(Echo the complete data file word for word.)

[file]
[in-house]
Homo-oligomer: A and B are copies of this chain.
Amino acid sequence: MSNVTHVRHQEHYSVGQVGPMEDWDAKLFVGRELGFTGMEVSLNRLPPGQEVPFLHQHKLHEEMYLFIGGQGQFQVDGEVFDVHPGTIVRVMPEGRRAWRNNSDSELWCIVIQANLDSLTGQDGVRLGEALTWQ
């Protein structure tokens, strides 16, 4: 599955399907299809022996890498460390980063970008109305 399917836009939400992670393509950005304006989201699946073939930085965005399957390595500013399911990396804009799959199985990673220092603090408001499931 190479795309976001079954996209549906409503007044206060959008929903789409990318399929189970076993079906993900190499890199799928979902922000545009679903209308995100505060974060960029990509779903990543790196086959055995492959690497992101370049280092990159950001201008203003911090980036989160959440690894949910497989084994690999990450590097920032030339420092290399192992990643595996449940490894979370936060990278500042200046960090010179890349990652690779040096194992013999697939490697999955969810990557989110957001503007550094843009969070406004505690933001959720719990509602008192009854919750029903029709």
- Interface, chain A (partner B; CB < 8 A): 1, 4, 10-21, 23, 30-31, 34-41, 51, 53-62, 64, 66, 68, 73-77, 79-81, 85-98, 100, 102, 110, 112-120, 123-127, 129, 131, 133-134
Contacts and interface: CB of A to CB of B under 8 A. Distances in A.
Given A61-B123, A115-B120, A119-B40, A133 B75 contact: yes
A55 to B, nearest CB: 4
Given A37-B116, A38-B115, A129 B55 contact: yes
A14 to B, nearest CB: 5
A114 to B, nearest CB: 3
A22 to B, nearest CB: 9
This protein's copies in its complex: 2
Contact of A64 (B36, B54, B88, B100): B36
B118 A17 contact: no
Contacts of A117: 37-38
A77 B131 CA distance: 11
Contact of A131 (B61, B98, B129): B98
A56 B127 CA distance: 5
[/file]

[in-house]
Homo-oligomer: A and B are copies of this chain.
Amino acid sequence: MSNVTHVRHQEHYSVGQVGPMEDWDAKLFVGRELGFTGMEVSLNRLPPGQEVPFLHQHKLHEEMYLFIGGQGQFQVDGEVFDVHPGTIVRVMPEGRRAWRNNSDSELWCIVIQANLDSLTGQDGVRLGEALTWQ
């Protein structure tokens, strides 16, 4: 599955399907299809022996890498460390980063970008109305 399917836009939400992670393509950005304006989201699946073939930085965005399957390595500013399911990396804009799959199985990673220092603090408001499931 190479795309976001079954996209549906409503007044206060959008929903789409990318399929189970076993079906993900190499890199799928979902922000545009679903209308995100505060974060960029990509779903990543790196086959055995492959690497992101370049280092990159950001201008203003911090980036989160959440690894949910497989084994690999990450590097920032030339420092290399192992990643595996449940490894979370936060990278500042200046960090010179890349990652690779040096194992013999697939490697999955969810990557989110957001503007550094843009969070406004505690933001959720719990509602008192009854919750029903029709």
- Interface, chain A (partner B; CB < 8 A): 1, 4, 10-21, 23, 30-31, 34-41, 51, 53-62, 64, 66, 68, 73-77, 79-81, 85-98, 100, 102, 110, 112-120, 123-127, 129, 131, 133-134
Contacts and interface: CB of A to CB of B under 8 A. Distances in A.
Given A61-B123, A115-B120, A119-B40, A133 B75 contact: yes
A55 to B, nearest CB: 4
Given A37-B116, A38-B115, A129 B55 contact: yes
A14 to B, nearest CB: 5
A114 to B, nearest CB: 3
A22 to B, nearest CB: 9
This protein's copies in its complex: 2
Contact of A64 (B36, B54, B88, B100): B36
B118 A17 contact: no
Contacts of A117: 37-38
A77 B131 CA distance: 11
Contact of A131 (B61, B98, B129): B98
A56 B127 CA distance: 5